There's a little debate going around in which writers are calculating the millions of dollars they've lost, as well as that wonderful, lofty perch on the bestseller list, because of all those meany pirates out there dumping their book files into torrents. I tweeted last week that 10,000 illegal downloads doesn't mean 10,000 lost sales, it means maybe five lost sales. And I'll bet it was because the book was overpriced to begin with. (Which almost universally means either someone else is setting your price who has their own agenda instead of the writer's best performance and income in mind, or else you have not paid one bit of attention to the digital market in the past two years. Or, in the case of New York publishing, both).
My books have been stolen for years. Ironically, it's only my corporate books that are illegally shared; my DRM-free ebooks don't show up there, yet they could easily be shared, swapped, ripped, and even rewritten. I only even notice the piracy when I do Google alerts of my name and see them in the rapidshare and torrent streams. I don't even know what those streams do, or how they work, and I don't care. It would be like sticking my thumb in a river to try to plug a dam six miles downstream. It would be a full-time job and all I would get is a wet finger. And the pirates would never even notice.
Why do I not care? It's stealing, and stealing is wrong. Anybody who says it's not stealing is wrong. I don't even make cassettes or copies of my own CDs, not even for personal use. But I am not casting stones, because I've conducted other illegal or immoral acts. None of us are without sin.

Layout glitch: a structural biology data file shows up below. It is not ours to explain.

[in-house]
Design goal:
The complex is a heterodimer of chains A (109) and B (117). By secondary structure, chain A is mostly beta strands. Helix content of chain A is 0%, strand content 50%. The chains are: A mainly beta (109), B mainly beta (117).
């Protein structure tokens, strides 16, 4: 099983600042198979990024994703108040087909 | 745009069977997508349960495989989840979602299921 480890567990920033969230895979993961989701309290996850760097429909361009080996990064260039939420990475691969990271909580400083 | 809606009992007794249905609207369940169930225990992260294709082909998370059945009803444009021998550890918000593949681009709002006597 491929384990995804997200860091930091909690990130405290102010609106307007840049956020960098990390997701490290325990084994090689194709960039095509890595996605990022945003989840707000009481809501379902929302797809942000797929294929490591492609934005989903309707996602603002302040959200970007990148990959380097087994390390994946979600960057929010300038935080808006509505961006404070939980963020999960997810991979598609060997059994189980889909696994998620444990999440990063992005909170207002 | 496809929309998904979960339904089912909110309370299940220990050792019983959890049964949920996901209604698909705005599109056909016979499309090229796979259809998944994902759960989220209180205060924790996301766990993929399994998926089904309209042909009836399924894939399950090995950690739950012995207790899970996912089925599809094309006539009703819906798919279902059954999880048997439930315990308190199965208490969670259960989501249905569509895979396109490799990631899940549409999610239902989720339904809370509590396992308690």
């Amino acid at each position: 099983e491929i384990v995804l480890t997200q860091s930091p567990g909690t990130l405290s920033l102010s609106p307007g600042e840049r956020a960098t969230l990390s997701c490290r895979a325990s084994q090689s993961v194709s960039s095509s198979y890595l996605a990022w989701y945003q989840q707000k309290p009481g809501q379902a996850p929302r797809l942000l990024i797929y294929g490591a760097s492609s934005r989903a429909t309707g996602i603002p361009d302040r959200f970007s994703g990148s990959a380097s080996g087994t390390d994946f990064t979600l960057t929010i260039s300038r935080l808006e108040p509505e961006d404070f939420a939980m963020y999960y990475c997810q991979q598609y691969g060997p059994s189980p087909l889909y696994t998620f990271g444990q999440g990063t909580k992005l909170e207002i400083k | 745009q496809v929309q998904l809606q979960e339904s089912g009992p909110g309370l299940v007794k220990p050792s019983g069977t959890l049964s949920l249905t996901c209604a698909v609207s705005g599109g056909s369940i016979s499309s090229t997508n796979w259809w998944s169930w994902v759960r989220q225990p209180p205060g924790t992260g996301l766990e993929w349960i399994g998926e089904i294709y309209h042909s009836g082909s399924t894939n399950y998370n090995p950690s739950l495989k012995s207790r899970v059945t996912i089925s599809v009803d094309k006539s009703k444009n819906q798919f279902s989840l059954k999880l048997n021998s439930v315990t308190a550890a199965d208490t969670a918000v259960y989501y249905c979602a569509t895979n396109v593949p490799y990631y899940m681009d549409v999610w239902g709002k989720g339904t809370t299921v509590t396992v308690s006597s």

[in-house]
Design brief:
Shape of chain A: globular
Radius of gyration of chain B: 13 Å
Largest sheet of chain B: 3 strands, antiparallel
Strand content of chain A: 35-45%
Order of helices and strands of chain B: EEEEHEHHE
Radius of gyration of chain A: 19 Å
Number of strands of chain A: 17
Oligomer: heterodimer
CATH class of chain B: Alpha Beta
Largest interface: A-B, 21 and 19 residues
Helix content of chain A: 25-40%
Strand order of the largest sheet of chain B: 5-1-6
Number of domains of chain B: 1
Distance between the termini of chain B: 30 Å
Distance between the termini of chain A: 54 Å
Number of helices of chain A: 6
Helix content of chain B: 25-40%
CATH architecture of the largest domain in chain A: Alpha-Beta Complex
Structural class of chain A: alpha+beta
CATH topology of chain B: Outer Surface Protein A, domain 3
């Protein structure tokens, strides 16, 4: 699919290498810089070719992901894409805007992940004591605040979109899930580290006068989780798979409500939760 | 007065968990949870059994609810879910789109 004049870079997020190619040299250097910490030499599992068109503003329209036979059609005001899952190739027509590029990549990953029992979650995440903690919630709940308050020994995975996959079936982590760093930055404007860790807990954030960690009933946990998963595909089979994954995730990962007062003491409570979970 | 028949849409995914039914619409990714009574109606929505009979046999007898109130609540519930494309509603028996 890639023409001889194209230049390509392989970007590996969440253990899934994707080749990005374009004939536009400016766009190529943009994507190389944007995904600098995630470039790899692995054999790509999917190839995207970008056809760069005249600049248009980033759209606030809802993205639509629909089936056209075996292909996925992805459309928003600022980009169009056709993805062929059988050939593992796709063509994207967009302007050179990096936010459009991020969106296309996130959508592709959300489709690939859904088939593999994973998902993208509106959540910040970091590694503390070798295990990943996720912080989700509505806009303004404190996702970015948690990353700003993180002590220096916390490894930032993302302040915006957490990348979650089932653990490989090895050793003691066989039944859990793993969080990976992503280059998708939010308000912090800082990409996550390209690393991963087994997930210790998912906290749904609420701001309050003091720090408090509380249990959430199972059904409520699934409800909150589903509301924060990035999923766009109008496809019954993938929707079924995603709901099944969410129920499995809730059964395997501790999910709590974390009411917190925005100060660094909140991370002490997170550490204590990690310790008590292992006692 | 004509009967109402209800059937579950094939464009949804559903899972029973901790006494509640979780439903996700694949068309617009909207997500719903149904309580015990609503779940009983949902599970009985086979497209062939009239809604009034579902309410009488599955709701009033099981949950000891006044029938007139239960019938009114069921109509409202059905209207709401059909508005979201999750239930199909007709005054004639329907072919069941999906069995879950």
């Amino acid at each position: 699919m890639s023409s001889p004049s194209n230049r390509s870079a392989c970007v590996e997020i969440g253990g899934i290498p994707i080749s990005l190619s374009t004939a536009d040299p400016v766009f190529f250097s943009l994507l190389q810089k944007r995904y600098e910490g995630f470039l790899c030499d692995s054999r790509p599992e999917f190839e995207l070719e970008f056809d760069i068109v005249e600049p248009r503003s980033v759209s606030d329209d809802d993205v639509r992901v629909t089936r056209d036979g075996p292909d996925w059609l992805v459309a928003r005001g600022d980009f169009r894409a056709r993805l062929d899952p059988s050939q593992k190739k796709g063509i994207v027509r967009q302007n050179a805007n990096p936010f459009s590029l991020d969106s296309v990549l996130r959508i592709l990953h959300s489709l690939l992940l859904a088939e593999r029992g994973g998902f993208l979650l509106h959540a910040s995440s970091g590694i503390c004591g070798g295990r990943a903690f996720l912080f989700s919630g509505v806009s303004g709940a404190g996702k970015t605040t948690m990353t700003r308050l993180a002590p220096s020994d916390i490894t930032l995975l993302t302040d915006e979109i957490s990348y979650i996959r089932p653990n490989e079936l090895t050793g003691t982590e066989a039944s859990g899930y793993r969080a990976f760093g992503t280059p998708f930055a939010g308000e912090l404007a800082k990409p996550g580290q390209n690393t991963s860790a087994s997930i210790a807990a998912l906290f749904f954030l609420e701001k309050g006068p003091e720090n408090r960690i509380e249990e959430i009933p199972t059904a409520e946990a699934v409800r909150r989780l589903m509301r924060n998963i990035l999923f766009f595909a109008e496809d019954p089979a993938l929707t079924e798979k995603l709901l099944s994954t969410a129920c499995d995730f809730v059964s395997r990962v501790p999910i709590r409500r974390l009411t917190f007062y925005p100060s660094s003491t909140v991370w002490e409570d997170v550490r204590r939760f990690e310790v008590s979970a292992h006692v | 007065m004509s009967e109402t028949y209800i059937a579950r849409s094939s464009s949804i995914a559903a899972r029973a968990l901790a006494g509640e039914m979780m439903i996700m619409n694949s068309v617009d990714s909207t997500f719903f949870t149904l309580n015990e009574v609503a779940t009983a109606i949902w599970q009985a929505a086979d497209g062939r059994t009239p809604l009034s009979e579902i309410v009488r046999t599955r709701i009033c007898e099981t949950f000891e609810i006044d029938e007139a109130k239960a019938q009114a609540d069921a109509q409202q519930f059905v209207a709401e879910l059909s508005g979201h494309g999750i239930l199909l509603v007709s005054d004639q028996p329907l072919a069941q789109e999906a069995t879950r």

But I'm a writer, not the world's morality cop. And I have plenty of my own shortcomings. Anyway, the author has many antidotes to piracy:
1. Quit freaking out--stealing or not, this is how people communicate in the modern age. They share. They mutually create content and their shared experiences. They aren't as hung up on "ownership."
2. Take control of your content (from a corporation) and make it cheap. If your book is a buck or two, all but the most ardent thieves (who are spending their time stealing instead of reading anyway) would rather just buy the book and save the hassle. And you'll make the same amount of money, anyway. Actually, far more.
3. Find your own translators. Even if you gave up control of your English rights to a corporation, you can still seek translators on your own. If somebody cracks your book, translates it, and puts it out, that's an incredible homage--many hours of their life. This way, you can make a little money and pay them a royalty.
4. Use it as a positive. In five years, you'll be "selling" your download stats to sponsors and advertisers. And getting ripped off big-time then becomes an asset. Think of them as your future shares in the new market.
5. Why do we write in the first place? If you had told someone 100 years ago you could widely spread your ideas to millions of people at no cost, they would have said you've gone to writer heaven. Or you've gone insane. Which, when you look at it, is basically the same thing.